First X-Bow Cruise Ship Prepares for Maiden Voyage
The Ulstein X-Bow, the iconic wave-piercing bow design for offshore and specialty vessels, is making its debut in an expedition cruise ship.
The Greg Mortimer, the first Chinese-built expedition cruise ship, has arrived in Argentina and is preparing to make her maiden voyage to Antarctica. She is the first in a series of ten for Florida shipowner SunStone Ships, the first vessel of her kind with an X-Bow and the first dedicated vessel for longtime cruise organizer Aurora Expeditions. Her hull incorporates the patented bow design in order to improve her seakeeping performance, which will be useful for the Antarctic market: the 120-passenger ship will be making regular crossings of the Drake Passage between Cape Horn and the South Shetland Islands, an area well-known for heavy seas.
According to Aurora, the X-Bow will make the voyage easier for the Mortimer's passengers by reducing slamming and wave-induced vibrations. The foreship has a wave-piercing shape above the waterline, so it rises less when it hits a wave and falls less on the other side. Expected operational benefits include lower acceleration levels, lower pitch response, less spray on deck, lower speed loss and lower fuel consumption in heavy weather. About 100 vessels with X-Bow designs are in operation or construction today, according to Ulstein, primarily in the offshore sector.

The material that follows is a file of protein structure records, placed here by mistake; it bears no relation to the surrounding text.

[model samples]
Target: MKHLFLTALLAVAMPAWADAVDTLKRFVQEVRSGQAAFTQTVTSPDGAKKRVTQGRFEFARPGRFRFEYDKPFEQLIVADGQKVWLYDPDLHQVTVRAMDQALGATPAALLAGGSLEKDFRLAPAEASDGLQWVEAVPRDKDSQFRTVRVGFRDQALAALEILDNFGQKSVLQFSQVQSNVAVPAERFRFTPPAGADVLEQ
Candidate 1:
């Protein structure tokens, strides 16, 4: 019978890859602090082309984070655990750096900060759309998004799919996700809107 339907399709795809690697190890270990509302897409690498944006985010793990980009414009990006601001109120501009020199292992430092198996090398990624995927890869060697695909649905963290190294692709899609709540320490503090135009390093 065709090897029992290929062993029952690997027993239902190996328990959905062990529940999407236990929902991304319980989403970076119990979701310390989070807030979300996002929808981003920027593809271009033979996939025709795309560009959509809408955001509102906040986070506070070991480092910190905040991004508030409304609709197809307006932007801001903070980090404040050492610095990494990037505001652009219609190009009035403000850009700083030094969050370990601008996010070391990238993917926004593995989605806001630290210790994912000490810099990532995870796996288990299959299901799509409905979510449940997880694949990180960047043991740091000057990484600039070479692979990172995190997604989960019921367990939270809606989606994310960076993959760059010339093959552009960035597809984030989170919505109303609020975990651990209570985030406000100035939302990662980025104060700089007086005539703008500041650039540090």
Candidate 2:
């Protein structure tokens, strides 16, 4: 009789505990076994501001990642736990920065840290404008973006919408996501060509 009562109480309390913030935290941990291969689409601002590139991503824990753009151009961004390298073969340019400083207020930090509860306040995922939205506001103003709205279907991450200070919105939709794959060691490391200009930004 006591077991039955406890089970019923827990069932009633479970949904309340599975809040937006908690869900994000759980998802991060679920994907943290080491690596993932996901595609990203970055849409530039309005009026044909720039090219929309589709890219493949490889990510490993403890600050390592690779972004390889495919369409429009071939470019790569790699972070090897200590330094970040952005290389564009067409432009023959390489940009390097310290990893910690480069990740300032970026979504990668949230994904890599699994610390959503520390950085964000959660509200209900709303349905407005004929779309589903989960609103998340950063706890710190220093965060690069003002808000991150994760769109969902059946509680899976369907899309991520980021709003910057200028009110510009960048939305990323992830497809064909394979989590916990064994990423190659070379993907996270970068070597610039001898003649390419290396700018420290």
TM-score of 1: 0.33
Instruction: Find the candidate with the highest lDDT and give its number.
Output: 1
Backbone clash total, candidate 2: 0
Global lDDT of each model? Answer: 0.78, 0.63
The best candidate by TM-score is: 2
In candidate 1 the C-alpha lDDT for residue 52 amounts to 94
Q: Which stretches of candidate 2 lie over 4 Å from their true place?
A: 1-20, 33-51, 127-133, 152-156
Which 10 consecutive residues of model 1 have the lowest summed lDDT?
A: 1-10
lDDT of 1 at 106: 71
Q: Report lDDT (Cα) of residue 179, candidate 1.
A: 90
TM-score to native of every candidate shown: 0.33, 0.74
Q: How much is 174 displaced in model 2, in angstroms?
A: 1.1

“Being an offshore specialist means that the vessels we design must be robust and handle very tough weather in some of the world’s harshest ocean areas," said Tore Ulstein, deputy CEO and COO Design & Solutions at Ulstein Group. "When Ulstein turned to the cruise industry, the cruise ship owners immediately saw the potential. The Greg Mortimer’is the first cruise vessel with the X-BOW feature, but there are now several others under construction in China and Norway.”
On the Mortimer's delivery voyage from the China Merchants Heavy Industry (CMHI) yard to her home port of Ushuaia, Argentina, the X-Bow performed as promised, according to Captain Ulf-Peter Lindstrøm. Even in 25-30 foot waves, she maintained a steady speed of 12-13 knots, just one knot less than her normal cruising speed.
“It’s a totally different experience! In big seas, I kept waiting for the slamming, but it never came. You don’t feel the sea, you have to relearn how to interpret the vessel behaviour. Other ships can only keep half the speed,” said Capt. Lindstrøm, a 40-year veteran of the shipping industry.
Several sister ships for SunStone are under construction now at CMHI. Ulstein is also building two X-Bow polar expedition cruise ships for Lindblad Expeditions, with hull construction at the CRIST yard in Gdynia, Poland and outfitting at the Ulstein Verft yard in Norway.